We’ve broken down every member of the Kansas City Chiefs’ 2021 draft class. Now we turn our attention to their group of undrafted free agents, looking at how each player fits into the team’s scheme — and how much of a chance they have to make the 53-man roster. I started with a look at DiCaprio Bootle. Now let’s continue with South Alabama linebacker Riley Cole.
Cole played as an off-ball linebacker in his final collegiate season. At 6-feet-2 and 240 pounds, he has the versatility and athleticism to play all three linebacker positions in base formations: SAM, MIKE, and WILL.
As an off-ball defender, Cole flies around the field — throwing his body at ball carriers and making plays. In 10 games, Cole totaled 6.5 tackles for loss, two sacks and two forced fumbles.
#Chiefs UDFA Riley Cole is a fun watch. Flies around the field and made plays as an off-ball LB for S. Alabama in '20— Ron Kopp Jr. (@Ron_Kopp) May 31, 2021
Impressive movement skills at 6'2" 240. Originally committed to Alabama before they tried to make him greyshirt last minute pic.twitter.com/AOsHaiaQgm
It’s easy to tell that he is an instinctual player. He processes running plays quickly, slips around blocks and still gets into a good position. There is risk to relying on slipping under the wrong side of a block and recovering in time to still be in a good position, but he does appear to save it for the right situations.
In the 2019 season, South Alabama asked Cole to play closer to the line of scrimmage in more of a pass-rushing role, which was similar to the SAM position in the Chiefs’ base defense.
It was the only season Cole was asked to be in a SAM-type position rather than off-ball. He finished the year with 9 TFL, 3 sacks, and a forced fumble.— Ron Kopp Jr. (@Ron_Kopp) May 31, 2021
Shows a great bull rush here, gets arms extended and comes off to complete the sack pic.twitter.com/WXRDlMNcTK
He finished the year with three sacks and nine tackles for loss — including this powerful bull-rush move against Appalachian State. He doesn’t appear to have the frame to be a full-time edge defender — but at his size, he has the burst and raw power to find ways to win on the edge.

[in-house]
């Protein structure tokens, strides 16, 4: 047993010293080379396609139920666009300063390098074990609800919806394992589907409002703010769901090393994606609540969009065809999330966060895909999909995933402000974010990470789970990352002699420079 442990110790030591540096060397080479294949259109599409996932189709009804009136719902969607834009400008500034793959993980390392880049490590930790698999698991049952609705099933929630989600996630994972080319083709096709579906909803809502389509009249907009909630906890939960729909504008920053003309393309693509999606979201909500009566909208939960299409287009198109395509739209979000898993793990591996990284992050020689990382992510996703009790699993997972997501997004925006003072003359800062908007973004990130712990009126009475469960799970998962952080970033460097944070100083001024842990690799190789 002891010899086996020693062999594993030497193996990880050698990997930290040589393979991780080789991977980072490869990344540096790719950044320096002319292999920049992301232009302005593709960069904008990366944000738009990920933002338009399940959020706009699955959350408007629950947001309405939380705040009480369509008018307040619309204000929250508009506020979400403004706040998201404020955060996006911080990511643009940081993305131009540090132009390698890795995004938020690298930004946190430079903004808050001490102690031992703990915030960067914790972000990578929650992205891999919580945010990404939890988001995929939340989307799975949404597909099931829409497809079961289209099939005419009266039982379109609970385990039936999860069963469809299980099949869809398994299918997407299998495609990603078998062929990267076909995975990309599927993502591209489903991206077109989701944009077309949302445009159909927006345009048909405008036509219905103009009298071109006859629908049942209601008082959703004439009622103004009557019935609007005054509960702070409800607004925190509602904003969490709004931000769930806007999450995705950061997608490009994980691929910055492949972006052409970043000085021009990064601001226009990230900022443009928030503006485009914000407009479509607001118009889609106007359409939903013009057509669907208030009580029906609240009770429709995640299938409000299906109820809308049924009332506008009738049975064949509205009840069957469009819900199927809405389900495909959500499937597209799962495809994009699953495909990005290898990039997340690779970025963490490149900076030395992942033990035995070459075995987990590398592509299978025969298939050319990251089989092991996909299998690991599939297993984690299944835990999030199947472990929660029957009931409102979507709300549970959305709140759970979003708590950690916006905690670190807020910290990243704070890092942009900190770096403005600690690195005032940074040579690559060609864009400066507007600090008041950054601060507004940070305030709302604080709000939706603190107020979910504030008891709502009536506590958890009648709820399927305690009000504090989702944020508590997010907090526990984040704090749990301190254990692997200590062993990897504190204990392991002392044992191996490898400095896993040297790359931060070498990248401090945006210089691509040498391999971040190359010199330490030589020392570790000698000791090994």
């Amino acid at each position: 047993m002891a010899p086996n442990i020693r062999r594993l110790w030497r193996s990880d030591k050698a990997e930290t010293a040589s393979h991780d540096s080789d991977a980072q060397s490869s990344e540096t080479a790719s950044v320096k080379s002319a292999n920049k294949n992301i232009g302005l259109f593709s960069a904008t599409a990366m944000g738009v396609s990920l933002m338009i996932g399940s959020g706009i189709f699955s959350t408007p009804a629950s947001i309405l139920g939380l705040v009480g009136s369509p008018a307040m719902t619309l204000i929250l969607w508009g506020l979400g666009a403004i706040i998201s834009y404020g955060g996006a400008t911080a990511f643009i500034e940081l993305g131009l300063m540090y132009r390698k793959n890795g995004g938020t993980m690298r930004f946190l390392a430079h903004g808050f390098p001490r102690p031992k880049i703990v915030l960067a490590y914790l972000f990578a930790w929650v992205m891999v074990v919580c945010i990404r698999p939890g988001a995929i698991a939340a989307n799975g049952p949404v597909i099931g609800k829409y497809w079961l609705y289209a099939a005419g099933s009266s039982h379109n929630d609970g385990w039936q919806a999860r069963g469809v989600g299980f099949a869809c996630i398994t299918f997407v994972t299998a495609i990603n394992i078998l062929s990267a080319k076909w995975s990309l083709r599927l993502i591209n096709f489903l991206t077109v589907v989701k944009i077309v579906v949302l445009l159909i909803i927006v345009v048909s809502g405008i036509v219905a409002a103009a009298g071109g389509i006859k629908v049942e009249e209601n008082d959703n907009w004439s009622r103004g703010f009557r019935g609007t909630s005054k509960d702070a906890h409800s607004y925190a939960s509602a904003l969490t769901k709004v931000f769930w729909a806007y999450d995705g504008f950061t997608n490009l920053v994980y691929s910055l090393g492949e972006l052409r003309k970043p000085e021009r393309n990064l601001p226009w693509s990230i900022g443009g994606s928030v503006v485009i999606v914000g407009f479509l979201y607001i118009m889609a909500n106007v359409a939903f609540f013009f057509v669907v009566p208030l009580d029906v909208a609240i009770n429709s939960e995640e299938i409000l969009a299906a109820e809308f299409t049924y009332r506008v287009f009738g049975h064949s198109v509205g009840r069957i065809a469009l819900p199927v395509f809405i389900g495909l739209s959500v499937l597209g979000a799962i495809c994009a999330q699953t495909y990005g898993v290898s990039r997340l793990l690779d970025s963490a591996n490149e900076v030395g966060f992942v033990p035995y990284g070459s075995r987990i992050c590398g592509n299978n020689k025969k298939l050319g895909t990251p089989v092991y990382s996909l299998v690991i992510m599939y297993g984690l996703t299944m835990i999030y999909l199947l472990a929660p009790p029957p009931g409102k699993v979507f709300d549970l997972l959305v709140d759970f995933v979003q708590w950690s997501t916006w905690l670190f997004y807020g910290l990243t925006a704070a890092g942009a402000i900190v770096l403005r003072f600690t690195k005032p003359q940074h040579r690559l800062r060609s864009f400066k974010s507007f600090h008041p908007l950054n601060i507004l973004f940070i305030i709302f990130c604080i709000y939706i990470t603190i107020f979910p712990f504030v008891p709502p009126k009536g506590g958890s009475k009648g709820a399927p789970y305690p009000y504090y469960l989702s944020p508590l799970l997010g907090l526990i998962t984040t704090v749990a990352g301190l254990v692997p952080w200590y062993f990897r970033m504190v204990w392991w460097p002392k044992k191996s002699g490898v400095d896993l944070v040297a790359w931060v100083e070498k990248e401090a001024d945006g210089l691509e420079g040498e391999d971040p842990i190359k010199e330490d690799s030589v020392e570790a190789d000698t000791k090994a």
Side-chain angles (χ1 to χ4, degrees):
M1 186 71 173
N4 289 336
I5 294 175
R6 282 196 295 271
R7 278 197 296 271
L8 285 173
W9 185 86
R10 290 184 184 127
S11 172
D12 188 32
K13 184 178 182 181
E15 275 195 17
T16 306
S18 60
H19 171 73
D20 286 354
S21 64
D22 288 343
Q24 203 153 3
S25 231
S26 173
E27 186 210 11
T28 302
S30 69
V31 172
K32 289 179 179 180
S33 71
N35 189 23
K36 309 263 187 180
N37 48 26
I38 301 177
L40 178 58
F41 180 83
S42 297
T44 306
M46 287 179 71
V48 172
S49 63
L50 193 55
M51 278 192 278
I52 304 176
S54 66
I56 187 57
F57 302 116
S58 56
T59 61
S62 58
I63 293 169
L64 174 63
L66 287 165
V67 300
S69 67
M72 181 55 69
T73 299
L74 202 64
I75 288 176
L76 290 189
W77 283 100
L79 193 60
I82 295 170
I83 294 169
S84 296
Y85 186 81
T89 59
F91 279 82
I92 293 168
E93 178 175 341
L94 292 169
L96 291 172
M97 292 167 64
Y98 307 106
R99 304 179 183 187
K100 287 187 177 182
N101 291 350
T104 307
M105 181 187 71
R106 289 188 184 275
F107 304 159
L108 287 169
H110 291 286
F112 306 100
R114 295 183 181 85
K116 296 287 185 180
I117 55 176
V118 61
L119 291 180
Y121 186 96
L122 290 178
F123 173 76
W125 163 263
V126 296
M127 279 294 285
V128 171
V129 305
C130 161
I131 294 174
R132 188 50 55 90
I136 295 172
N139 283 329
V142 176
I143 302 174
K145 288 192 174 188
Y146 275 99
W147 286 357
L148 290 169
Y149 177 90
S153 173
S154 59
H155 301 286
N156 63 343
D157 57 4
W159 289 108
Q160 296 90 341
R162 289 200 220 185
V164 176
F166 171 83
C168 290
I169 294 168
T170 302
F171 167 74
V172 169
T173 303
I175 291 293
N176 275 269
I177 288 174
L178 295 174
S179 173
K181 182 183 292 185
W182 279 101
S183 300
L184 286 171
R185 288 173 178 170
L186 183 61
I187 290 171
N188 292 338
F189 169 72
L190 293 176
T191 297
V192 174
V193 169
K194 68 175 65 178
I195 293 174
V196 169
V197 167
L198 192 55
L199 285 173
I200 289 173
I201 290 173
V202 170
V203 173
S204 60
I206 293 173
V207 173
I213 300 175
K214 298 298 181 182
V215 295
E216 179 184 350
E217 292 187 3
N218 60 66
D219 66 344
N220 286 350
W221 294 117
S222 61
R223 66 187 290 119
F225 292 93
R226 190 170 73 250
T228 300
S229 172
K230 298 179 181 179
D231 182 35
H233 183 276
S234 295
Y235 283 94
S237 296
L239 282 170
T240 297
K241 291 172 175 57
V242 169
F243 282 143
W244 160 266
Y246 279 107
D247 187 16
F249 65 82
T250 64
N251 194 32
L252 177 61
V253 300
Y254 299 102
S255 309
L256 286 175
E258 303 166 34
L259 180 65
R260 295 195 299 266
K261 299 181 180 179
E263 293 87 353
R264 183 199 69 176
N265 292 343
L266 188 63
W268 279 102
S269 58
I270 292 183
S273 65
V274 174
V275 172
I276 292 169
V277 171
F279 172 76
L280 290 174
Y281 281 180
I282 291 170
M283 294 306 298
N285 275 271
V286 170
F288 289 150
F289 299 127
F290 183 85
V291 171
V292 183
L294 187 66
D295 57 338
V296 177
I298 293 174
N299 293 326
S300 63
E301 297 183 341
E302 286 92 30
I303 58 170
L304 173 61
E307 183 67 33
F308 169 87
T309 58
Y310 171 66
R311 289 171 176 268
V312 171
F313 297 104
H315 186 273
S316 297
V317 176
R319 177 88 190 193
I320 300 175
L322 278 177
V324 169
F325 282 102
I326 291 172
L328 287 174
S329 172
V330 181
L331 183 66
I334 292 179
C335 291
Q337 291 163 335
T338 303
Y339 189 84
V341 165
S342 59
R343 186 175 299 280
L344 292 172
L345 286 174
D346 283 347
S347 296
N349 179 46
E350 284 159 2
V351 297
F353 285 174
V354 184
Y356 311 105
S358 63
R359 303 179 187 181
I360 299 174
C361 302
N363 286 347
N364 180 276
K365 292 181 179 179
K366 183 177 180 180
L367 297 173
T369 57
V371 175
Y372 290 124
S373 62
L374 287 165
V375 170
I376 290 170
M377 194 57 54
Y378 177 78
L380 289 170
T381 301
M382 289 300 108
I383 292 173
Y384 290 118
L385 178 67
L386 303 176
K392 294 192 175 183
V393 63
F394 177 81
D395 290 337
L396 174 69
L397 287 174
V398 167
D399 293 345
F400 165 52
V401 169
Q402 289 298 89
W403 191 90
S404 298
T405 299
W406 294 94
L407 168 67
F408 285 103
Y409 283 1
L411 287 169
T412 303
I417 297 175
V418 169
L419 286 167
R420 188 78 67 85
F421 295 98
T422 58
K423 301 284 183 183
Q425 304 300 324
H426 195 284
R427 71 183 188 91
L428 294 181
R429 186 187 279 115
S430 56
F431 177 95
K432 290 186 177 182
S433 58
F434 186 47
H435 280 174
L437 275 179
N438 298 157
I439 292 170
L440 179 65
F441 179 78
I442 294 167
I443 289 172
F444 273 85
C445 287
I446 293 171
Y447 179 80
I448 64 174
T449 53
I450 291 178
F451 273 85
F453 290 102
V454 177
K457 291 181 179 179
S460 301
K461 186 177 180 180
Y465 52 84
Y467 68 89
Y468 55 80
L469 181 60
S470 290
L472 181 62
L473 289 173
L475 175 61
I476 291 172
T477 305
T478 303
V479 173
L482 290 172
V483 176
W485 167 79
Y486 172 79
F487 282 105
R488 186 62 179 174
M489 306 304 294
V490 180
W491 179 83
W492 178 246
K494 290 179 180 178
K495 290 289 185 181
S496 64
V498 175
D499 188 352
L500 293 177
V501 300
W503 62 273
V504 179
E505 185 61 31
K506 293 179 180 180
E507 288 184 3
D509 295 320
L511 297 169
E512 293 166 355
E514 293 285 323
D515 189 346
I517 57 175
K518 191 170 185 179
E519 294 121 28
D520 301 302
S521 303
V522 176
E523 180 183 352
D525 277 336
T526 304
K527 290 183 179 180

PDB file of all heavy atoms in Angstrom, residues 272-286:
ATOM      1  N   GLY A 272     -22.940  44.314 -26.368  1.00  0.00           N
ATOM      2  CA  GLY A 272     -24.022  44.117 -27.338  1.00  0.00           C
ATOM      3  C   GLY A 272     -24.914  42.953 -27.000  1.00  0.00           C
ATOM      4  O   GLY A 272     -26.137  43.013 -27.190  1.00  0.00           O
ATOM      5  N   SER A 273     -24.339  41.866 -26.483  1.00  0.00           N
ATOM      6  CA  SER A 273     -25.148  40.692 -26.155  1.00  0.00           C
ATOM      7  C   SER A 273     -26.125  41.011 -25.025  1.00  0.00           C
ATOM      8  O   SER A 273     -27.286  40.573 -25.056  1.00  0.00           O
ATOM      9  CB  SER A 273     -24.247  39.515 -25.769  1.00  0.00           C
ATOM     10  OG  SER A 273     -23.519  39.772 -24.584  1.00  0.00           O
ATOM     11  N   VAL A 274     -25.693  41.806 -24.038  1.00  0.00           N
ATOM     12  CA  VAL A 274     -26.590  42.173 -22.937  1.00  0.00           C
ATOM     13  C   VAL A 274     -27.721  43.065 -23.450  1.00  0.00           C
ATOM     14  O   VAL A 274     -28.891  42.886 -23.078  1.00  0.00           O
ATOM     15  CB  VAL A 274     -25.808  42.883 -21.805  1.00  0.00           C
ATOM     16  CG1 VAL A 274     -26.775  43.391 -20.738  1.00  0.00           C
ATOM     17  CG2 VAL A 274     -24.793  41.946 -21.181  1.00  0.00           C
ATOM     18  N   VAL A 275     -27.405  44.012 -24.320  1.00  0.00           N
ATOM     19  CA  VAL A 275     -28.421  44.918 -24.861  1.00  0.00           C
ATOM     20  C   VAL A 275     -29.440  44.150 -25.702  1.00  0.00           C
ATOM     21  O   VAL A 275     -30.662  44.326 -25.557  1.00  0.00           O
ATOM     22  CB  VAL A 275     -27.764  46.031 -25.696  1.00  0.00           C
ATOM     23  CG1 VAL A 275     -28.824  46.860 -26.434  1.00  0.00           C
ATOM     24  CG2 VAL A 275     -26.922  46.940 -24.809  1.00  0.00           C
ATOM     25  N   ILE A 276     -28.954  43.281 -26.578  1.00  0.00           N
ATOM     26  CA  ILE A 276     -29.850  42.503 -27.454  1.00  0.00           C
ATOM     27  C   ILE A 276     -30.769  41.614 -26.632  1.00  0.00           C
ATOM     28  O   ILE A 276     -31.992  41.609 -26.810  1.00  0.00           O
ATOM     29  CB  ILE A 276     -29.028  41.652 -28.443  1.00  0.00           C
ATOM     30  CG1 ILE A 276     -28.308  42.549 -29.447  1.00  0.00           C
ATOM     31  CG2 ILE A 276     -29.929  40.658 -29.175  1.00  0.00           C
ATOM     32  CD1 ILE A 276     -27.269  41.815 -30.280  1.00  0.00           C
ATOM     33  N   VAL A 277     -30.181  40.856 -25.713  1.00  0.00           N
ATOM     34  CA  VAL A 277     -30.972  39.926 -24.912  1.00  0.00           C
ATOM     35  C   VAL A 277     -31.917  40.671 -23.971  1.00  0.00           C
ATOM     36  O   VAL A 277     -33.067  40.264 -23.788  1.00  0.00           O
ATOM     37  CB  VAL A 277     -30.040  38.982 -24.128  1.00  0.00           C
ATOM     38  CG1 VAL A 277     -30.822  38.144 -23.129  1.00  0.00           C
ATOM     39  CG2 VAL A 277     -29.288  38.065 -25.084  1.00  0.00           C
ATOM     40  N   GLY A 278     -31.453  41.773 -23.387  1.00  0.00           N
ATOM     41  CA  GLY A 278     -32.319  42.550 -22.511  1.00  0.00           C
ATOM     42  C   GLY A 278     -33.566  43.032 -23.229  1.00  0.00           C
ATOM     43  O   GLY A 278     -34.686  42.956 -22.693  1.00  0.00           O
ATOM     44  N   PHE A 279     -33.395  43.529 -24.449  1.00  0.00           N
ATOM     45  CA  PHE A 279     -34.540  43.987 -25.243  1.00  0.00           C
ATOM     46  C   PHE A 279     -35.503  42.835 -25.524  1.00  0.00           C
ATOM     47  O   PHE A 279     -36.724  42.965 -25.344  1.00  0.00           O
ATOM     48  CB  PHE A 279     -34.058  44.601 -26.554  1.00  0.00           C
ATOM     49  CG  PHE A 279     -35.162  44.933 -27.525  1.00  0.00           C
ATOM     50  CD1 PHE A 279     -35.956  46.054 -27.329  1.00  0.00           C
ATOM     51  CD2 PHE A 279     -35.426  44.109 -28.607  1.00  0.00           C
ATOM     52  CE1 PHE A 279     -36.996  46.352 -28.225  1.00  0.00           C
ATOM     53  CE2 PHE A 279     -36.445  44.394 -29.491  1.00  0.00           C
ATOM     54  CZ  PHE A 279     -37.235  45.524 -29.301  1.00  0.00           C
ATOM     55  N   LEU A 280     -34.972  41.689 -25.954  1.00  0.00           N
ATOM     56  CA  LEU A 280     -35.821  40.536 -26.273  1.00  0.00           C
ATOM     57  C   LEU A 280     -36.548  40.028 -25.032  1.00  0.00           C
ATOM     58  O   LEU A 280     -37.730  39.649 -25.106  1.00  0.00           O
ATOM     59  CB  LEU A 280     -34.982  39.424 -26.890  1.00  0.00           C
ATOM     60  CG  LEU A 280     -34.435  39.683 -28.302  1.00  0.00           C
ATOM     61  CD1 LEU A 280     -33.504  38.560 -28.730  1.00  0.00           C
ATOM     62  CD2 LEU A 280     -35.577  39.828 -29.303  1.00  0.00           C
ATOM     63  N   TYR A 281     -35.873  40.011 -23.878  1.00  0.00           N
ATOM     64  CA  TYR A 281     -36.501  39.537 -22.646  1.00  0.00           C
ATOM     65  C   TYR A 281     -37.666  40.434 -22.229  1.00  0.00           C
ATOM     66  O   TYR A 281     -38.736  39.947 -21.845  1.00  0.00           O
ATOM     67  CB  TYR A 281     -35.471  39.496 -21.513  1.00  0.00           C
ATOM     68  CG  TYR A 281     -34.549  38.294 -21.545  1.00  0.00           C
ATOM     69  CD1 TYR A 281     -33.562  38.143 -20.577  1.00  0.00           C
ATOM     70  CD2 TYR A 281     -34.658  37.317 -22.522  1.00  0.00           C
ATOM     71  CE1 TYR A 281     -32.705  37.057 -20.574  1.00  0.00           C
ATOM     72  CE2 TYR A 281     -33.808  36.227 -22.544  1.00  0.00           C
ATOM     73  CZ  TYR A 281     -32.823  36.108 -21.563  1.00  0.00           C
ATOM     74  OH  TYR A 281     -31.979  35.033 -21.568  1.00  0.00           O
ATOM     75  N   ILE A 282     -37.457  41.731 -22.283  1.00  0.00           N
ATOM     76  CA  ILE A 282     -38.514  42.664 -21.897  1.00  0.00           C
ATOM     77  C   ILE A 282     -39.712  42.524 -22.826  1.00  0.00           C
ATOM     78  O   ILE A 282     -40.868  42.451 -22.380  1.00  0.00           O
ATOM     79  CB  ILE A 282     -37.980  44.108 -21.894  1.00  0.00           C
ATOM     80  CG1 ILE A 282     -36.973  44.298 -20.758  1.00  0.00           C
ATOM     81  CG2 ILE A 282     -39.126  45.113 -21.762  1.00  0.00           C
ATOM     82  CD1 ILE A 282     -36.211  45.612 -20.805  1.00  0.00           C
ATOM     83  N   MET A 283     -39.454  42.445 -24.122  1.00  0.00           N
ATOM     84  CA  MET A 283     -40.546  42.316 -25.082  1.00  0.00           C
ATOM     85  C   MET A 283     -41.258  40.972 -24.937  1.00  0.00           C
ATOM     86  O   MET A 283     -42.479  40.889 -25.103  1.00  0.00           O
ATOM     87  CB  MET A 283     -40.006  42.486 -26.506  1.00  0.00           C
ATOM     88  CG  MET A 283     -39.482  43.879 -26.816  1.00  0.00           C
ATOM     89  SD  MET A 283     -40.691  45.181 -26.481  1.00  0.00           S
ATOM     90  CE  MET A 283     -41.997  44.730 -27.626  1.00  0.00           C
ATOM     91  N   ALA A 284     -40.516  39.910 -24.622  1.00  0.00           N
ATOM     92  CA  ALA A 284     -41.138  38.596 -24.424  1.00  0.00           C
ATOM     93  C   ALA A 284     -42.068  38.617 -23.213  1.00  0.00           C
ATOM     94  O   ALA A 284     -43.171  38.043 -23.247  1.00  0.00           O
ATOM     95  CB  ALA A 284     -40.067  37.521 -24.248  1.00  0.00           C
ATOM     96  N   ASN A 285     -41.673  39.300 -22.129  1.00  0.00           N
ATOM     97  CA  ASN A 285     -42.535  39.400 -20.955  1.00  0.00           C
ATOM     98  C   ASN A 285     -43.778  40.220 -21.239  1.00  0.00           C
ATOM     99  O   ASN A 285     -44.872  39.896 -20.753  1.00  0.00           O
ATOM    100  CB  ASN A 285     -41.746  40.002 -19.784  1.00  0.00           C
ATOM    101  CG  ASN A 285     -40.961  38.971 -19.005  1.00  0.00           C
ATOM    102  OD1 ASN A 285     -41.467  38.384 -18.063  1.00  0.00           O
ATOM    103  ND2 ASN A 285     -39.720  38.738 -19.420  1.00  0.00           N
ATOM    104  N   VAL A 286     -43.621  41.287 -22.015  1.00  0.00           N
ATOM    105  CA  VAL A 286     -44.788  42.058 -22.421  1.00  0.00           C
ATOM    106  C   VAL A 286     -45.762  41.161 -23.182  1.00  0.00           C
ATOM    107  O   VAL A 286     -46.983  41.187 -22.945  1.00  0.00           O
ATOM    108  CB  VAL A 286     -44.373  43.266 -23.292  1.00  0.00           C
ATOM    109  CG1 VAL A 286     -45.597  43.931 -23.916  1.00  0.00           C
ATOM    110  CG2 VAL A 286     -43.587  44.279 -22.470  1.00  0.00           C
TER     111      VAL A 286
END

In his off-ball linebacker reps, he looked comfortable sinking back in zone coverage and reading the quarterback’s eyes — but in college, he had little ball production: one pass defended and no interceptions.
The glaring negative for Cole is open-field tackling at times.— Ron Kopp Jr. (@Ron_Kopp) May 31, 2021
He goes too low and doesn't keep his head up when they do happen. Surprising to see such an instinctual player struggle with some of these tackles pic.twitter.com/SKyiyh9kKN
Cole’s glaring negative is bad tackling in the open field. He attempts ankle tackles more than a linebacker should — and it sometimes results in complete whiffs. His 240-pound weight suggests he should have the density to square up with a ball carrier, but he prioritizes diving at ankles. This will need to be coached out of him.
Cole is a raw prospect — but a fun one who will give good effort and make plays that other linebackers might not. He was originally committed to the University of Alabama — but decommitted five days before signing day and signed with South Alabama. He’s a talented, instinctual player.
Chances at making the active roster
Cole fits into the Chiefs’ linebacker group — and should give the unit’s fringes a push. Under defensive coordinator Steve Spagnuolo, the team has kept five or six linebackers on the roster. For 2021, I believe Anthony Hitchens, Willie Gay Jr., and Nick Bolton are locks to make the team. That leaves a competitive reserve group with Ben Niemann, Dorian O’Daniel, Darius Harris and offseason signing Kamalei Correa — who could be considered an edge defender as well.
With back-to-back second-round picks used on linebackers, the Chiefs have the flexibility to experiment with their depth. Niemann has presumably earned playing time for knowing the defensive system, but there’s nothing else about his game that feels important enough to keep him around. On the opposite end, O’Daniel pops as an athlete — but for unknnown reasons, just can’t get himself on the field.
With his skills, size and playing style, Cole should be a playmaker on special teams. If so, he could find himself as the team’s fifth or sixth linebacker — a cheaper, more raw prospect than other players who may have already hit their ceilings.